Behind any painting (or poem or movie etc) is the narrative and context of its making. Sometimes traces are glimpsed in what is disclosed or hinted at but often it is impenetrable. Frances’s life-long struggle to survive for example. This was a matter of finances, of crippling contracts with galleries and of maintaining her own ‘painting voice’ regardless of the ‘isms’ she rubbed against and the scant recognition back home. Mary highlights this independence: ‘Other English modernists were constantly battling over the right “ism” to follow, but Hodgkins kept her head down and followed her own path, sometimes weaving certain surrealist elements into a partially abstracted tapestry of motifs.’

I am drawn to the way Frances produced a strong bond between place and objects. Sometimes place took the form of an armchair, at other times a Mediterranean vista. The objects were often dreamlike and mnemonic, often a potent symbol. In this sense her paintings become poems – rich in visual chords that activate multiple engagements. This is what attracted me when I was lying on my bed with her catalogues. Mary comments on ‘Self Portrait: Still Life’:

(..) we know what she physically looked like, but encompassed in her self-portrait are aspects of everything that was important to her: objects she loved and which held particular symbolism for her, her favourite scarves reflecting her love of pattern and design, and her ability to construct a work rather than simply paint what was in front of her. It states clearly: judge me by what I do and what I believe, not by how I look.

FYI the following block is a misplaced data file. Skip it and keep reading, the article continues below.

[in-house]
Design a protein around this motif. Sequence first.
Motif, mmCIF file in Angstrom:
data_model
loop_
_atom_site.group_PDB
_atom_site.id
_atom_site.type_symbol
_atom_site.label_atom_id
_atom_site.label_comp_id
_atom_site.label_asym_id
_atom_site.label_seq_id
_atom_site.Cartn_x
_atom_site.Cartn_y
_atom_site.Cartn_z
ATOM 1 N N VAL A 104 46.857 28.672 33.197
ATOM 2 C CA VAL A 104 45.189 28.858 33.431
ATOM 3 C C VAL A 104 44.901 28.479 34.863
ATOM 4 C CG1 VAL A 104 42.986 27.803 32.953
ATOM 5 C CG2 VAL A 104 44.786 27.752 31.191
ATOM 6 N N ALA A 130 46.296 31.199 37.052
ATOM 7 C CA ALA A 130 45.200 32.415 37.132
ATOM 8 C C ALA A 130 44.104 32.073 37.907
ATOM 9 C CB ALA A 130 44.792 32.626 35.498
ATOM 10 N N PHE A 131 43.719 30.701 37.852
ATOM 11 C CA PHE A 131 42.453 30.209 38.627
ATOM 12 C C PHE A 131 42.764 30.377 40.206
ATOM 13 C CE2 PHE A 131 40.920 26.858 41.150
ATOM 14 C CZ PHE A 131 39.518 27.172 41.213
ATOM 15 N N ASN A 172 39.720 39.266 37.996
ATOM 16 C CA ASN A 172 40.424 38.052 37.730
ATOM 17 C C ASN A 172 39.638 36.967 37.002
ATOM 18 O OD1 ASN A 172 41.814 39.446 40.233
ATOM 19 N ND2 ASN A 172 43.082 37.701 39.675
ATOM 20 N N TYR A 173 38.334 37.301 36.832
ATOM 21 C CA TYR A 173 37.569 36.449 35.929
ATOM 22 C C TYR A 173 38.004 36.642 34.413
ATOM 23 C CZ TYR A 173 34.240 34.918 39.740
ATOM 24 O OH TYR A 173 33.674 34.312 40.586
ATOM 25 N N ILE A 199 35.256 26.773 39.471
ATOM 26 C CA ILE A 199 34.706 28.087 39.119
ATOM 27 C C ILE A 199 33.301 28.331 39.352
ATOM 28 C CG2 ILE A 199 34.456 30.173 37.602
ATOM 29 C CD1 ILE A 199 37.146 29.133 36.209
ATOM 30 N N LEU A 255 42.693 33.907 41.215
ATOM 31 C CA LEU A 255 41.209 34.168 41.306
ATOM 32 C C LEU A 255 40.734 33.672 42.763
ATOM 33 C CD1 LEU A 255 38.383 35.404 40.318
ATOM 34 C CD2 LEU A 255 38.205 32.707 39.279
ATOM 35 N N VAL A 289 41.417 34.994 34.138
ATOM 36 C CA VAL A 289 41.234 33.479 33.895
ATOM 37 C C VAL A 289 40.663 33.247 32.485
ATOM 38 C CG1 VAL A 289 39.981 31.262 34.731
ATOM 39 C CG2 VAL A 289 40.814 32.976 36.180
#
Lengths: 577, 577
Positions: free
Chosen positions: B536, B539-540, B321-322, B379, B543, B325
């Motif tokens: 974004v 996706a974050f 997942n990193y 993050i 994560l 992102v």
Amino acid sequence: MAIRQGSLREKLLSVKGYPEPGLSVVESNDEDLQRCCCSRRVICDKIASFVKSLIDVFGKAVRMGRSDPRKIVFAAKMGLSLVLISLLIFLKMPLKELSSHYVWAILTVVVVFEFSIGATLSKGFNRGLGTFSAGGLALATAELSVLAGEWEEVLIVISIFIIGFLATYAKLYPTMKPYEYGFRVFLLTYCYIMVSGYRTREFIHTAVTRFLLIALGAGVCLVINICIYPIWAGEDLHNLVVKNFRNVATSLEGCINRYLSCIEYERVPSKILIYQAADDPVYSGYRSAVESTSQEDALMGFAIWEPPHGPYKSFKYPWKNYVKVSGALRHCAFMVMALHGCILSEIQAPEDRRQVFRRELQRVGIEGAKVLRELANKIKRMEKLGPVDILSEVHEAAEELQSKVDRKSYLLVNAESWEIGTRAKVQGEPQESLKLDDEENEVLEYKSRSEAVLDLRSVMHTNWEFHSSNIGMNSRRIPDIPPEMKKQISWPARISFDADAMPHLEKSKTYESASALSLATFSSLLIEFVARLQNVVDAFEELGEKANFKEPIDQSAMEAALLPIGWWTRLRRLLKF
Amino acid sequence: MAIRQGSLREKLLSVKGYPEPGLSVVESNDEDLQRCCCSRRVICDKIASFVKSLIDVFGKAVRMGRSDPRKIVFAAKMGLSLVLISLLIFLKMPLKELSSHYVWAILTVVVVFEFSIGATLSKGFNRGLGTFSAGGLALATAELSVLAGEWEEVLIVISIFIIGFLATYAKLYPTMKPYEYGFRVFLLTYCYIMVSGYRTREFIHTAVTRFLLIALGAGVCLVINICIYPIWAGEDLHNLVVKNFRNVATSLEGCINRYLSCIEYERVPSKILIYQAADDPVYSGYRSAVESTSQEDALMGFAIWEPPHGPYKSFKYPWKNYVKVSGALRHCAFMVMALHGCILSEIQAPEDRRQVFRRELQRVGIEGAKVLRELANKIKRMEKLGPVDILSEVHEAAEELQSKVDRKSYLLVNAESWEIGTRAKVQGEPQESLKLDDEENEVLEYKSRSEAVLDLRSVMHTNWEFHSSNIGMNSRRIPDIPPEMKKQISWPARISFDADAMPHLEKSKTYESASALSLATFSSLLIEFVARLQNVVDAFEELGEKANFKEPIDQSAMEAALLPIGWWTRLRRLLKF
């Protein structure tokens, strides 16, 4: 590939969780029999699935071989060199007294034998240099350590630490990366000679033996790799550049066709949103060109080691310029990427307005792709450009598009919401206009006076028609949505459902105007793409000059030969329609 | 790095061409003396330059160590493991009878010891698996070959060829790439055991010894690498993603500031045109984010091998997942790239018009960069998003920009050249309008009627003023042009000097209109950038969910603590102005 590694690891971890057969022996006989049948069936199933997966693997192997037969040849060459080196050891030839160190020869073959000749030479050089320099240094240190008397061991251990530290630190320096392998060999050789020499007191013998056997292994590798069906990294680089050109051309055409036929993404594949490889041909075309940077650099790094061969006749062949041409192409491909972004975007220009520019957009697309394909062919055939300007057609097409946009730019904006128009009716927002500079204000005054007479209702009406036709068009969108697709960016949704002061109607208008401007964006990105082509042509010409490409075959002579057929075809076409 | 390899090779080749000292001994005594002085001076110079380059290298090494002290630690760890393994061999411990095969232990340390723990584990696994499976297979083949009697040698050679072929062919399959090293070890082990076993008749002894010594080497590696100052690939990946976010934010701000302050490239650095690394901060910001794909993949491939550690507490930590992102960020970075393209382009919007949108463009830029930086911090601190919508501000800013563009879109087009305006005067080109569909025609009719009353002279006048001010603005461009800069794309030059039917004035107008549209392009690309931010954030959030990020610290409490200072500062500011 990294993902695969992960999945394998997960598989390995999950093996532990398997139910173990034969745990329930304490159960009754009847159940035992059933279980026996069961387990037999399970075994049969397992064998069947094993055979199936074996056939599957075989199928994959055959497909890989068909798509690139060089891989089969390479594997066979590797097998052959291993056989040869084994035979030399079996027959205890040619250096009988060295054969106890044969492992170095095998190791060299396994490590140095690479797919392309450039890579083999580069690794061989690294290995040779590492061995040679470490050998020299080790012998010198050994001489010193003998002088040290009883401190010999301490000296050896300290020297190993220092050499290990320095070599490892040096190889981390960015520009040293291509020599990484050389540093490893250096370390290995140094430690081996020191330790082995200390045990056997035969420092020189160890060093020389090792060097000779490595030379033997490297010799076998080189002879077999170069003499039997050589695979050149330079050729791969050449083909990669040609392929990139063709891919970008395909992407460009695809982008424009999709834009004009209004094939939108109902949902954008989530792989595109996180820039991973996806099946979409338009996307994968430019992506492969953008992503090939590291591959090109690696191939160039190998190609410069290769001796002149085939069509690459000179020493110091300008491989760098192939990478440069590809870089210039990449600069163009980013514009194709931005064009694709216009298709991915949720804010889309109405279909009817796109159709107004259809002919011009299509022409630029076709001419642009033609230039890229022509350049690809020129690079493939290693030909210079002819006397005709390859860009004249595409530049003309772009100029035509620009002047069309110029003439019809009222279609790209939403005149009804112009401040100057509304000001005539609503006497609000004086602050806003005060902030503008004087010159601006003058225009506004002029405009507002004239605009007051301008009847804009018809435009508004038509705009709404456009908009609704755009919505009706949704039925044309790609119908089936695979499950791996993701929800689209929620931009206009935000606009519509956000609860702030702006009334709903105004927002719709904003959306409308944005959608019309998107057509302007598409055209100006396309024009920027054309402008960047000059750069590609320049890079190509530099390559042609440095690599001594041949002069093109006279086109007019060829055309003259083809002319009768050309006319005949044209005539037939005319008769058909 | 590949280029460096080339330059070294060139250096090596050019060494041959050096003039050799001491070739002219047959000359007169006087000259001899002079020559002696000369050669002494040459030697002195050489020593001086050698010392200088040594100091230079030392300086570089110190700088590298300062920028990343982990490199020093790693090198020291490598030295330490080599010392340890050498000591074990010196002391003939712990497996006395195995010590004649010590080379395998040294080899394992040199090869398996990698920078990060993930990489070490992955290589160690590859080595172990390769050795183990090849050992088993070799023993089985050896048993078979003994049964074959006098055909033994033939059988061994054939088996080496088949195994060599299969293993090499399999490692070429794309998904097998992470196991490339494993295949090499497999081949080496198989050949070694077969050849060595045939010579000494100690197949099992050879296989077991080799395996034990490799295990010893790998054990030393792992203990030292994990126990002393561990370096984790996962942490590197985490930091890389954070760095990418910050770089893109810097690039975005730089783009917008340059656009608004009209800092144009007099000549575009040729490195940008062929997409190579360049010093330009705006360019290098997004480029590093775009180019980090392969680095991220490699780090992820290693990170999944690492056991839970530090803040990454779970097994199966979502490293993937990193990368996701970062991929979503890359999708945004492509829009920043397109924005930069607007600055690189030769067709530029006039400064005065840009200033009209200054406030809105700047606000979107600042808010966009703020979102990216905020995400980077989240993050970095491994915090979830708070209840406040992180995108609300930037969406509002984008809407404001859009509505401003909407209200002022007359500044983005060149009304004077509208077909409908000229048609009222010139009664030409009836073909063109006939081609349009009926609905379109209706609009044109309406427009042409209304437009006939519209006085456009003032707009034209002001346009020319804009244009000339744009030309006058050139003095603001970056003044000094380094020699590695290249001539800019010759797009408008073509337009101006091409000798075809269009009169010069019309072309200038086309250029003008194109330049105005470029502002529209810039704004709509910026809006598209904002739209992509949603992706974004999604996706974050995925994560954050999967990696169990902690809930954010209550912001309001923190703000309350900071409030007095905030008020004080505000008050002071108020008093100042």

Finding Frances Hodgkins is a book to linger over, savouring sumptuous detail, along with joyful discoveries and sidetracks. It is kaleidoscopic in its reach, it enhances viewings of Frances’s paintings and the real/imagined woman painting. I love this book because it resists straitjacketing the artist within specific theories in order to explicate her work. The way we write about art, the way we ‘find’ art cannot fit into a single reductive box. We can critique within the critical climate of our time but we can also choose independent paths (whilst brushing up and absorbing traces of contemporary thinking, styles, tastes).  Mary has followed in the path of Frances but she has made that path her own.

Of course no one really ‘finds’ Frances Hodgkins, because she will never fit comfortably into a single box. But what I hope to have done on this journey is cast some light on how important place became in her search for modernity, and her individuality as an artist, respecting the work of others but always taking her own path. (Mary Kisler)